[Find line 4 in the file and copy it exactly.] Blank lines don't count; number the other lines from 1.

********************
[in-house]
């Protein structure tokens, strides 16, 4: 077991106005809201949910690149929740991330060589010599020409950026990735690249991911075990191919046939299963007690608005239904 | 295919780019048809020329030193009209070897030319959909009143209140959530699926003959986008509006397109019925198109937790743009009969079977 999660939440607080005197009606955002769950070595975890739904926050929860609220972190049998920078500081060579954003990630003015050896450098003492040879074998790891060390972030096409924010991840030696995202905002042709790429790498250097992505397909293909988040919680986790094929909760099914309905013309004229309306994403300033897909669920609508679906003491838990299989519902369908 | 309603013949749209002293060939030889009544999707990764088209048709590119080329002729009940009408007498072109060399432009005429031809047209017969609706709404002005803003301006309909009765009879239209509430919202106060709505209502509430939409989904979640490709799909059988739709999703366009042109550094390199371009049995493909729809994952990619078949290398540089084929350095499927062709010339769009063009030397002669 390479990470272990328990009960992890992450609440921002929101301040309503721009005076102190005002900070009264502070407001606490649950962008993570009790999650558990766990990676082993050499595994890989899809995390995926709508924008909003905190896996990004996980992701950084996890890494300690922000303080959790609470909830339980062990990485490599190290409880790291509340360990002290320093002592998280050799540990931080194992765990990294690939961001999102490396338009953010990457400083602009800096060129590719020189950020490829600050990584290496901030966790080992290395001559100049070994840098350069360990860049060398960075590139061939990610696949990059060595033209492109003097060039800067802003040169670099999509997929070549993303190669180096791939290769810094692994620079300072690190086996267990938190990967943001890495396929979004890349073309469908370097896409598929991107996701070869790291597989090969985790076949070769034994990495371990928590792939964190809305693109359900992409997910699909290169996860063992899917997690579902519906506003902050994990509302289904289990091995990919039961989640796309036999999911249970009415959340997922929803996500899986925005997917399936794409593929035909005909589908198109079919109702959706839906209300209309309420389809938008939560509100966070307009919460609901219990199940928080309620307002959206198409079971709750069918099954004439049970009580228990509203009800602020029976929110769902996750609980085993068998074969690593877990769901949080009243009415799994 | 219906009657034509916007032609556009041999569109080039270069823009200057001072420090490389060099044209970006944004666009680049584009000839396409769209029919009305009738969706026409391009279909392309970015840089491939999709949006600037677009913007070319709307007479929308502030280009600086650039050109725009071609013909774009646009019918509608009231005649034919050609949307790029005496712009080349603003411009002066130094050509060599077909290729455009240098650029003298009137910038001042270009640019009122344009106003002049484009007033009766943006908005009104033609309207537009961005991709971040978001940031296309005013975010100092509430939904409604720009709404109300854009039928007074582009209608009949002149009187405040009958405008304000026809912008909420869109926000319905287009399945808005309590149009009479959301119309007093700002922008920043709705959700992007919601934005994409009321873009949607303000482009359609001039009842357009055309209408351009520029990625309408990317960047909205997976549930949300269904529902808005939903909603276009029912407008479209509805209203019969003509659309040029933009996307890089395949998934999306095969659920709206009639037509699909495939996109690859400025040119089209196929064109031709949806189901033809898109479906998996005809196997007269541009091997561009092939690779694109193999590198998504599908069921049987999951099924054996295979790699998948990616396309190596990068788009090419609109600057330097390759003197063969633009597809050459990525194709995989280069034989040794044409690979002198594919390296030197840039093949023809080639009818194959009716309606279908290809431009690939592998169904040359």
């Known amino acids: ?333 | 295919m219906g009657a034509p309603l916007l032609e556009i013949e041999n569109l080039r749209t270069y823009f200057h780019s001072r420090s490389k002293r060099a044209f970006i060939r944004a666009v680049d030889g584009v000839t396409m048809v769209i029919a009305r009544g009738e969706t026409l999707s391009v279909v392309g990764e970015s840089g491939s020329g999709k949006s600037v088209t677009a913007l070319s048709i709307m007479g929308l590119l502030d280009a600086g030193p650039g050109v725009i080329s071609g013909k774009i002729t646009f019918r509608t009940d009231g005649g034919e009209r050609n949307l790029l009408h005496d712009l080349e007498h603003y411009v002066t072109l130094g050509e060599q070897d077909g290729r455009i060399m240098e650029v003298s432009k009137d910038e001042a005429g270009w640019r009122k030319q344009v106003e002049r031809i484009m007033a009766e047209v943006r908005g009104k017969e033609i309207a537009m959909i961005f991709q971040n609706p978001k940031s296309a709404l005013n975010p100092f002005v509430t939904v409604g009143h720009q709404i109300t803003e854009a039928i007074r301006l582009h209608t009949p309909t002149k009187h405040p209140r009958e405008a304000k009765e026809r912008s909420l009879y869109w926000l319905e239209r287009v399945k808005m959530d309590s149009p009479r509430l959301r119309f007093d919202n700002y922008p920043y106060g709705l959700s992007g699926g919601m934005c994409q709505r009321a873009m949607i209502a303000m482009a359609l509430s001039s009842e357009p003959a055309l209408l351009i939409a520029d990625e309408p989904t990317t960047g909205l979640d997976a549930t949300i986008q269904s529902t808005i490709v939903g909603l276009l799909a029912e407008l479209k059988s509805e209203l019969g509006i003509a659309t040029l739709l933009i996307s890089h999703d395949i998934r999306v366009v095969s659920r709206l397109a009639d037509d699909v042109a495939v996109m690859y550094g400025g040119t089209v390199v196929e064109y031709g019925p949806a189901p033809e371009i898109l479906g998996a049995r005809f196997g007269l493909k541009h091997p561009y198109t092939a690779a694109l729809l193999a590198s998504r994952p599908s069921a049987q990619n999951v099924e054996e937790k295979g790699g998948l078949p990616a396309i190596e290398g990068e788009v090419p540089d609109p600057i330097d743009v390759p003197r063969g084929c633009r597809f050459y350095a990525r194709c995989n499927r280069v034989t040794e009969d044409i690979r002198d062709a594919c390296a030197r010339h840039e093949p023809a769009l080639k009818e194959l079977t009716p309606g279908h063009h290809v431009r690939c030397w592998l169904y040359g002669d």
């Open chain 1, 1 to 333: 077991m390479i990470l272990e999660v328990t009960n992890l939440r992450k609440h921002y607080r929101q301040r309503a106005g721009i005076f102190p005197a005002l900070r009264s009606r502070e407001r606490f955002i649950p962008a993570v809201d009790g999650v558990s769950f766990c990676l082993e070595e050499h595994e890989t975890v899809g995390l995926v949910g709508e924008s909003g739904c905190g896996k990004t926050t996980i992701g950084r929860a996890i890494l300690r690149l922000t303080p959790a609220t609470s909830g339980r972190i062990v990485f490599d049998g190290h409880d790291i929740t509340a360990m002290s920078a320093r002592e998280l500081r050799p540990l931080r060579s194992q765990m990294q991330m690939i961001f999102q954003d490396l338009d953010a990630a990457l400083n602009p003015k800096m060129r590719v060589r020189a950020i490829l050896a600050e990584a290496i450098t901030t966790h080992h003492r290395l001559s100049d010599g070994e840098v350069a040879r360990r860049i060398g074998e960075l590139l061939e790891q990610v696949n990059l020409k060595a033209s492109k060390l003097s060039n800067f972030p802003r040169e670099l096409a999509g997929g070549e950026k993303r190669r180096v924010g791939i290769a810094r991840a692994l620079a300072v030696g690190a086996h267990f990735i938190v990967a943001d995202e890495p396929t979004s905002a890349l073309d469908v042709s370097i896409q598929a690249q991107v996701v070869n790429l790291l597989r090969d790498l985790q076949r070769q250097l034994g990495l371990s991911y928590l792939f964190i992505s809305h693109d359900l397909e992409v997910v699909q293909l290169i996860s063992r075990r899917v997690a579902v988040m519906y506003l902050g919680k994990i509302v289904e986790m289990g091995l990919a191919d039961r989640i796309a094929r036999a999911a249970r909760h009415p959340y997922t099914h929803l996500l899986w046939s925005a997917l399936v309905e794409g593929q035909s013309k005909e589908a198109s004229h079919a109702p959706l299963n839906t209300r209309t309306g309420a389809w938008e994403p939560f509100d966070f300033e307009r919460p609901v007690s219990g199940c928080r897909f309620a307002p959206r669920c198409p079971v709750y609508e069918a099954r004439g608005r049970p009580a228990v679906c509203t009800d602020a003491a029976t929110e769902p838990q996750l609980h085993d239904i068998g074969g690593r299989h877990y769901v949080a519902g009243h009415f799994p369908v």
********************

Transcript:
């Open chain 1, 1 to 333: 077991m390479i990470l272990e999660v328990t009960n992890l939440r992450k609440h921002y607080r929101q301040r309503a106005g721009i005076f102190p005197a005002l900070r009264s009606r502070e407001r606490f955002i649950p962008a993570v809201d009790g999650v558990s769950f766990c990676l082993e070595e050499h595994e890989t975890v899809g995390l995926v949910g709508e924008s909003g739904c905190g896996k990004t926050t996980i992701g950084r929860a996890i890494l300690r690149l922000t303080p959790a609220t609470s909830g339980r972190i062990v990485f490599d049998g190290h409880d790291i929740t509340a360990m002290s920078a320093r002592e998280l500081r050799p540990l931080r060579s194992q765990m990294q991330m690939i961001f999102q954003d490396l338009d953010a990630a990457l400083n602009p003015k800096m060129r590719v060589r020189a950020i490829l050896a600050e990584a290496i450098t901030t966790h080992h003492r290395l001559s100049d010599g070994e840098v350069a040879r360990r860049i060398g074998e960075l590139l061939e790891q990610v696949n990059l020409k060595a033209s492109k060390l003097s060039n800067f972030p802003r040169e670099l096409a999509g997929g070549e950026k993303r190669r180096v924010g791939i290769a810094r991840a692994l620079a300072v030696g690190a086996h267990f990735i938190v990967a943001d995202e890495p396929t979004s905002a890349l073309d469908v042709s370097i896409q598929a690249q991107v996701v070869n790429l790291l597989r090969d790498l985790q076949r070769q250097l034994g990495l371990s991911y928590l792939f964190i992505s809305h693109d359900l397909e992409v997910v699909q293909l290169i996860s063992r075990r899917v997690a579902v988040m519906y506003l902050g919680k994990i509302v289904e986790m289990g091995l990919a191919d039961r989640i796309a094929r036999a999911a249970r909760h009415p959340y997922t099914h929803l996500l899986w046939s925005a997917l399936v309905e794409g593929q035909s013309k005909e589908a198109s004229h079919a109702p959706l299963n839906t209300r209309t309306g309420a389809w938008e994403p939560f509100d966070f300033e307009r919460p609901v007690s219990g199940c928080r897909f309620a307002p959206r669920c198409p079971v709750y609508e069918a099954r004439g608005r049970p009580a228990v679906c509203t009800d602020a003491a029976t929110e769902p838990q996750l609980h085993d239904i068998g074969g690593r299989h877990y769901v949080a519902g009243h009415f799994p369908v």